Feature

China: The return of the concubines

Concubines were outlawed after the 1949 Communist revolution, but in recent years prominent government officials and businessmen have begun openly keeping mistresses, said Stephen Wong in <em>The Asia Times.</em>

Stephen WongThe Asia Times

China’s age-old tradition of “keeping concubines is back,” said Stephen Wong. Common in Imperial China, concubines were outlawed after the 1949 Communist revolution. But in recent years, “with the advent of economic modernization and capitalistic values,” prominent government officials and businessmen have begun openly keeping mistresses. Having a “second wife” is a status symbol. But it also seems to lead to corruption.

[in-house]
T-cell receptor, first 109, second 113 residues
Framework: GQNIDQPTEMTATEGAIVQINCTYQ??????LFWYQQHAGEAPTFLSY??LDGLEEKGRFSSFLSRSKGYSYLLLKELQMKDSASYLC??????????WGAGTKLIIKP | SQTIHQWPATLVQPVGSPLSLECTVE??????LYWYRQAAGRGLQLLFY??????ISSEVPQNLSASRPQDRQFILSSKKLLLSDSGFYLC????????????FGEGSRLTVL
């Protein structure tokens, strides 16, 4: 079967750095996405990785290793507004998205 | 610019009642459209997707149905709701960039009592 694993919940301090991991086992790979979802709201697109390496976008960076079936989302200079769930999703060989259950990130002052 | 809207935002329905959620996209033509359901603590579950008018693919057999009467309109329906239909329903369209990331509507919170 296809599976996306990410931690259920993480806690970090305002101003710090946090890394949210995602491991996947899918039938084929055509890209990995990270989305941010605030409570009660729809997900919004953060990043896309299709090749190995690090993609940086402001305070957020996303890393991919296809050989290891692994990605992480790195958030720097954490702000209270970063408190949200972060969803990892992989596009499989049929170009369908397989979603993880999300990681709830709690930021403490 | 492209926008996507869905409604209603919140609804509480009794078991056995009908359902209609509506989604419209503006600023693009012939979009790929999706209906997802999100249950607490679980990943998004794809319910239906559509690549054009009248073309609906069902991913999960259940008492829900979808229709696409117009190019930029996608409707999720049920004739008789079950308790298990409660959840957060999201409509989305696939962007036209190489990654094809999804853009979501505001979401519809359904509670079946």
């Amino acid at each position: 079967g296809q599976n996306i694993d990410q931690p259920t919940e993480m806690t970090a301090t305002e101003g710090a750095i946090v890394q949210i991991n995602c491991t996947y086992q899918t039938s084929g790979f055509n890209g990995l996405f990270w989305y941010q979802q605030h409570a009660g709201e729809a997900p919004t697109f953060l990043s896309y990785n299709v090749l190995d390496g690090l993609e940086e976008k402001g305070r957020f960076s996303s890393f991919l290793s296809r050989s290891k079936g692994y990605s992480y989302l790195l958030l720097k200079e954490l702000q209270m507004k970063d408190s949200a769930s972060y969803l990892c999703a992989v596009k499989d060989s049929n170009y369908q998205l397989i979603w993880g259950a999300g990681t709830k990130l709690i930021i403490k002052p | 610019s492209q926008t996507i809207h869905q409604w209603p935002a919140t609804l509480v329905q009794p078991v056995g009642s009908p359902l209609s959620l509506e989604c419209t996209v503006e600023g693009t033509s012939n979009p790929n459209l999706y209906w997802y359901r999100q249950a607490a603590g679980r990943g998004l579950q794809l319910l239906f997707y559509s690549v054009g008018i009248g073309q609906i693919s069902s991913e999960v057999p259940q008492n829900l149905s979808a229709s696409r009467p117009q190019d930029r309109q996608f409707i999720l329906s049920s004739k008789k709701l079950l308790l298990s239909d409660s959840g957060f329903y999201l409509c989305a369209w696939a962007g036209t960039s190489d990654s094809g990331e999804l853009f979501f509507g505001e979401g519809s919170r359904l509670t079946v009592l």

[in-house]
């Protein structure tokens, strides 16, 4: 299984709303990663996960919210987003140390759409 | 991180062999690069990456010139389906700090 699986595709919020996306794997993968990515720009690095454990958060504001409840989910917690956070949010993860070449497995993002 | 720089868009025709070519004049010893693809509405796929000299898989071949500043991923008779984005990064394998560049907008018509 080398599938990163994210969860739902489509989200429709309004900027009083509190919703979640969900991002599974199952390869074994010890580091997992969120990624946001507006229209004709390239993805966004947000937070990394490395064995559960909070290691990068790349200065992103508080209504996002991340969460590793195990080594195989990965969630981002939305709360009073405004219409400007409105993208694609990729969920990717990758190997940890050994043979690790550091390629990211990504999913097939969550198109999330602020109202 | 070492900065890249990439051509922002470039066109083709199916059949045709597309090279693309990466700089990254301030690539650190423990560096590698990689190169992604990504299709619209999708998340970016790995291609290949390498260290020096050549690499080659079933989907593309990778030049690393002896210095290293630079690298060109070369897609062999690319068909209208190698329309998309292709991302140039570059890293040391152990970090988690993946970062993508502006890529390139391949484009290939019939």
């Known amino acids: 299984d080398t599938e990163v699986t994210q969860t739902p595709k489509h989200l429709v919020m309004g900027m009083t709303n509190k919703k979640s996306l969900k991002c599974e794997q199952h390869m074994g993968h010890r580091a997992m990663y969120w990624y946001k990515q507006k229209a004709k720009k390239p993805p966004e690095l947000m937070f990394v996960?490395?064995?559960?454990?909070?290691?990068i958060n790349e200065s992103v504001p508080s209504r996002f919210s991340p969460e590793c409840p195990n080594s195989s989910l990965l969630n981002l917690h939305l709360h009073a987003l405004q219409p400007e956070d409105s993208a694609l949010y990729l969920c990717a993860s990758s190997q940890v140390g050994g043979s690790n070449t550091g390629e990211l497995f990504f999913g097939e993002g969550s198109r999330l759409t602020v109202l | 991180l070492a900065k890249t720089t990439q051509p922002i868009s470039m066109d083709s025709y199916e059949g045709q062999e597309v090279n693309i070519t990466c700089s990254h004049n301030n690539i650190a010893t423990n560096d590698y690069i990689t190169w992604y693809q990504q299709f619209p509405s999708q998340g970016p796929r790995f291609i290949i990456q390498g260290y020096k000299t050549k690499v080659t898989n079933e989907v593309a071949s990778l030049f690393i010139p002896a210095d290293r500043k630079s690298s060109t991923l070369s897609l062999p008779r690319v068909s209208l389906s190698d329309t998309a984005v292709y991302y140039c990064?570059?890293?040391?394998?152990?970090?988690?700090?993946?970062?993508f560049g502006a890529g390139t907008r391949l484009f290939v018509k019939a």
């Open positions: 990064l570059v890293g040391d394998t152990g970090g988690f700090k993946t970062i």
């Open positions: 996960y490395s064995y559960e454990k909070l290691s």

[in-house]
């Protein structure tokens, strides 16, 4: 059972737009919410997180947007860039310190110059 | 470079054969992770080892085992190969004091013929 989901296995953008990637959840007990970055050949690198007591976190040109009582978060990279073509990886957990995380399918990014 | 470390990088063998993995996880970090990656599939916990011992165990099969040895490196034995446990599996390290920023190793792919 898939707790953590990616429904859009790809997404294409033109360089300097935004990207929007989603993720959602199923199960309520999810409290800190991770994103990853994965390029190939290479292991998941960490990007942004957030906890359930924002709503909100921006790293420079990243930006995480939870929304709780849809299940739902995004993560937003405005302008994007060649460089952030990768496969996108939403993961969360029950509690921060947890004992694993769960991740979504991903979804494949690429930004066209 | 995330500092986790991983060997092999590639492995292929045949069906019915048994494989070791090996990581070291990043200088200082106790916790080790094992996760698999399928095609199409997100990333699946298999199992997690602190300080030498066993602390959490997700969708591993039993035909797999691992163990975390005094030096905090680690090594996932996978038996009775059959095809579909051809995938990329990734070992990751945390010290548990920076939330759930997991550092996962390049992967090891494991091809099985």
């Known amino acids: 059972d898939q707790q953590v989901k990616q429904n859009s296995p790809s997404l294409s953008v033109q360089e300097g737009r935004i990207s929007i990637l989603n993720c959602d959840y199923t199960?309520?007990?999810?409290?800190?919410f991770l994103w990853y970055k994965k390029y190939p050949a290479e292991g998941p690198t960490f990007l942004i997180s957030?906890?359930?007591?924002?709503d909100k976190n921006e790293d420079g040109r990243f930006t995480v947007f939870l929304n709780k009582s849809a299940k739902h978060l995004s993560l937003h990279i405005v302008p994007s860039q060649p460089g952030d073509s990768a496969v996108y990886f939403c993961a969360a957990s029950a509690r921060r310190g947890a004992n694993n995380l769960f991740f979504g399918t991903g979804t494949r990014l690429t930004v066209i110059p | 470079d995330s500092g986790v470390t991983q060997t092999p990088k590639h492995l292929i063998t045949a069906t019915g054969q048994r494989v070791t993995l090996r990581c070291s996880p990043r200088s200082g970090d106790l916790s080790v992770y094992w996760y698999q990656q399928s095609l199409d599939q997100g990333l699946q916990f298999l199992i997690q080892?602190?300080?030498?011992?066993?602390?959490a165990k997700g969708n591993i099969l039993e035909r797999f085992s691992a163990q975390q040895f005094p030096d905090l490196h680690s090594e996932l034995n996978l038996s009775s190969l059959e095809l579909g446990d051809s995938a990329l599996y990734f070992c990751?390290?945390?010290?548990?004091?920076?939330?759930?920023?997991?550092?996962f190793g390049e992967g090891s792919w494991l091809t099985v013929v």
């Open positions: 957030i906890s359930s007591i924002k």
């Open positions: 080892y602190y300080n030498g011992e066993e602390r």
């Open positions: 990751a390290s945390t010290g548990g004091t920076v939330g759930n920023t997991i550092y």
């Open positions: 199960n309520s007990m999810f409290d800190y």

Officials tend to “shower mistresses with lavish gifts and money,” setting them up in their own homes, often at seaside resorts that are known as “concubine villages.” To pay for all that excess, the officials take bribes or embezzle funds. One construction magnate, sentenced to death for corruption (he later won a reprieve), had more than 140 mistresses. Police found the “sex diary” in which he listed all his ladies, what he gave them, and what he did with them. Another man convicted of corruption, a banker, spent more than $2 million of his bank’s money on his mistress.

An anti-corruption official recently warned bureaucrats to stay clear of “beautiful women.” That’s unlikely to have any effect. “From senior party and government officials to grass-roots organizers—anyone who has access to power has access to mistresses.”

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